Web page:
than half the men we once knew,


in one blinding flash, as dog greets master,

that curious light comes running.


Playing God or poet usually ends poorly. Vincenz in his poem Crank-Handled describes the unsightly process of creation in mechanized terms. Even those temperaments well suited to the process mostly fail. Abandoning the fabricated mess often is the best option. The poet cites the Neolithic Cucuteni culture, who developed a model of constant destruction and reformation in their densely urban, but ultimately nomadic, way of life. Vincenz brings his piece to a Frankenstein-like crescendo in a neat under-the-hood description of reverse engineering,


   Wrench-spinning, you insist nonetheless.

& not until you strip everything down to cogs, spokes,

sprockets & springs, exposing that frail skeleton,

a crude beast of brass. Miffed, stooped, stumped

over yourself, you discover your own speechlessness.


And then—course, I’ll give you full credit—you 

cough it up:  Nothing ever came from hydrocarbons.

What is it actually good for, if anything? & as you rid

your fingers of grease and muck, oily-gluey gunk,

it sputters & rumbles, moans & coughs &

for a tremulous moment it’s almost coming alive.


Out of the empyrean noise the poet in his piece, Yet Another Reincarnation, channels his muse/medium into being, bringing a certain omniscience to bear upon the temporal world. Time compresses radically and everyday subsistence takes a back seat to oracular rantings and ravings. Imaginings generate little miracles and demand complex preparations for the next iterations of new life. Vincenz opens the poem with business acumen,


I pay my soothsayer in hard-boiled eggs, chicken wings,

gristly claws, livers or gizzards—she believes in the due process

of tempests, visions of omniscient butterflies. An old woman

scrubbing floors portends violent crime or racketeering;

finch in hand, fraud or incest; beetle on the mantelpiece,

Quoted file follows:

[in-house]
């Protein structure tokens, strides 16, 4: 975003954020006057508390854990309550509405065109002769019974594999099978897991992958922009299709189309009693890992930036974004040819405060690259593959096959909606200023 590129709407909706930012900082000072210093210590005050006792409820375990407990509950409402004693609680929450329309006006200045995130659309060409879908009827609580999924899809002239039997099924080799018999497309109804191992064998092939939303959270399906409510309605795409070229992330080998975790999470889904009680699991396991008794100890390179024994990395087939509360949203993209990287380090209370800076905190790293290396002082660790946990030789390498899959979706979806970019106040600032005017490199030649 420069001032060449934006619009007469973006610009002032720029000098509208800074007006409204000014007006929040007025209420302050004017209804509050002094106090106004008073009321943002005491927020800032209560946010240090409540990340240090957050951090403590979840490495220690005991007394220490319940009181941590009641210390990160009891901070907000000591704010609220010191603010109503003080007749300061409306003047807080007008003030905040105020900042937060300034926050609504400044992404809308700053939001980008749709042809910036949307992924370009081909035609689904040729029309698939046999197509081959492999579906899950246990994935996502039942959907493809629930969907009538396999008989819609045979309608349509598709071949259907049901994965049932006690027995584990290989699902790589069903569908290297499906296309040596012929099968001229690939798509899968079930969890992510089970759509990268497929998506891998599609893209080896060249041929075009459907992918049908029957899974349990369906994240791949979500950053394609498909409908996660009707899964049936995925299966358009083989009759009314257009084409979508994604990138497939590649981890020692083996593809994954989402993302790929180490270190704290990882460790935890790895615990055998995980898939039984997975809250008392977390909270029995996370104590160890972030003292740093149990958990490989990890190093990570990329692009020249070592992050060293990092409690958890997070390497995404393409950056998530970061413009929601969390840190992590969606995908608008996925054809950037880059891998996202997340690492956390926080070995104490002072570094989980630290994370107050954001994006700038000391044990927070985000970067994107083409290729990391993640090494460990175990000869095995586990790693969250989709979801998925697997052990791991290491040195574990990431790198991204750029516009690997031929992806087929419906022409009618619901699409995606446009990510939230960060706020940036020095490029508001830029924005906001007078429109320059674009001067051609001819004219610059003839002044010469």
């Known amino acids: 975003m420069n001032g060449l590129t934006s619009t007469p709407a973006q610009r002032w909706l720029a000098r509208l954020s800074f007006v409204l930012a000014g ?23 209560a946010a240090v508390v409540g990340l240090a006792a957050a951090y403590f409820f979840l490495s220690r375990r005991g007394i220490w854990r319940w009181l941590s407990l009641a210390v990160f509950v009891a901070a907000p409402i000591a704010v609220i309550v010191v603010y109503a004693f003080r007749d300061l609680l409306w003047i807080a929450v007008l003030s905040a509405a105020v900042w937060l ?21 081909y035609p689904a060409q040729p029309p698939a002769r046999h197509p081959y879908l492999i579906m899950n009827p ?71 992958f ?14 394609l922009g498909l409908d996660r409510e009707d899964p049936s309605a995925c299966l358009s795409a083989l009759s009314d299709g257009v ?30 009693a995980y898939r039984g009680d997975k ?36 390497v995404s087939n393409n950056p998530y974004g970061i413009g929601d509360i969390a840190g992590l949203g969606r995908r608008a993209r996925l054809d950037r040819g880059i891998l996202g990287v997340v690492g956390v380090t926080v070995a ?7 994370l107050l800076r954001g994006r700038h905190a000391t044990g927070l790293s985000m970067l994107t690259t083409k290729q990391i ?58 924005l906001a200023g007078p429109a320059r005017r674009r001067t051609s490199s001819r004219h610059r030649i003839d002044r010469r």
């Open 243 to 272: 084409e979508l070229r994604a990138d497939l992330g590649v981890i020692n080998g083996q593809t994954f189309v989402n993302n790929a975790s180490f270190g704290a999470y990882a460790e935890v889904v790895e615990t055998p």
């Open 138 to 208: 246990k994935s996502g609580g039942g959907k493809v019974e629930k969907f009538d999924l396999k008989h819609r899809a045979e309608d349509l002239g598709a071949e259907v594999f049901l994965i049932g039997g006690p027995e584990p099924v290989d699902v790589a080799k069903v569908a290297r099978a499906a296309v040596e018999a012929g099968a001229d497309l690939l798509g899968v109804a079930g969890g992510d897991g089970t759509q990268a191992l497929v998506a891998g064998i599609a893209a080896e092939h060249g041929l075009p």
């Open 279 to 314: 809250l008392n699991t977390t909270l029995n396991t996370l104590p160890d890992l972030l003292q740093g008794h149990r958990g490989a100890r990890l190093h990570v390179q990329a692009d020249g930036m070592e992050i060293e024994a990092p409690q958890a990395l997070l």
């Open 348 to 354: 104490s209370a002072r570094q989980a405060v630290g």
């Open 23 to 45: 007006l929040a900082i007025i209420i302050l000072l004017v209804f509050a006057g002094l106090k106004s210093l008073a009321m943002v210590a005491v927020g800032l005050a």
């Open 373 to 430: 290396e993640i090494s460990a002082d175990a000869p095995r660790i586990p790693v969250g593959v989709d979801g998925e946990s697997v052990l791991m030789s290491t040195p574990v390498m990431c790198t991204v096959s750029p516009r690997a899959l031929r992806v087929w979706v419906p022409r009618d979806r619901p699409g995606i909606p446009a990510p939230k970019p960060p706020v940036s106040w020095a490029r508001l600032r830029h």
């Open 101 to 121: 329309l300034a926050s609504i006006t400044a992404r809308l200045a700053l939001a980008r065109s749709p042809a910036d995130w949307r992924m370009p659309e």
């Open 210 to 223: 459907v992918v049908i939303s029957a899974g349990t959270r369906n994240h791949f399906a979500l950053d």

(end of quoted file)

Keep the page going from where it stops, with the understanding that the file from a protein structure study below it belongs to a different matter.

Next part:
ill health. She snatches invisible lassos from the air, spins dizzy

larks above my head, everywhere she sees living dead,

centuries of men on the low road to the country fair, millennia

of citizens ensnared in menial tasks, plowing, sewing, reaping,

daydreaming; mostly she knows where lightning will hit,

who will combust …


I exist therefore I am, said Jean Paul Sartre famously. In his poem Weightlessness Vincenz picks up this thought and runs with it. Man acts in the midst of weather. Outside forces affect man’s acts, sometimes re-enforcing them, other times deterring them. Yet man must still make decisions, act on them, and be held responsible. In existential thought the problem of Cartesian duality does not exist. Vincenz seems to agree with this take.  Being is not just the starting point, it is the point. Even storm-tossed families afflicted with Obsessive Compulsive Disorder and with daughters run amok are governed by these demonstrable but effervescent strictures. The poet puts it this way,


It is only in our decisions

that we are important.

It’s not always about the matriarch, you’d said,


more often it’s about the habitable zone and what you make of it,

how primitive life forms

react to sunlight,


how dinosaurs eventually rise

from single cells,

how creatures like us


learn to take

wind, water, fire, and earth

shake and stir, and recreate life in test tubes.


Desires drive Vincenz’s protagonist, Ivan, onward. His protagonist’s muse or dead wife seems just out a reach. Her siren song transfigures man into boy again, bestows the youthfulness of wonder. She understands the sacred universal drone—the eternal beehive. Wasps and wild dogs momentarily interrupt their quest, but only momentarily. Other natural organisms wave them on. The poet mines his memory for queries and clues,


… the thrushling flutters on, dangles, bounces, wavering on twigs,

it’s then suddenly I realize, as we emerge from the undergrowth


sweating and dripping, scratched through our faces that Ivan, no

Buddhist, believes her to be the reincarnated spirit of his wife.


He asked me once: Did you eat your way into this life, like me?

Did you devour your share of the proceeds of your well intentions?


Or, did you live for something more like love or affections?

Those were the days he still made sense, now mostly little


matters, not the grass, nor the sky, there is no stirring

or yearning, & yet, with nothing left there was still more,


like the thrush, like the sunlight on ice, like the industry of bees.


A cache of caught sunlight in the realm of Being and Nothingness can make all the difference. Vincenz’s richly illuminated visions and commanding oracular verses in this momentous collection do just that.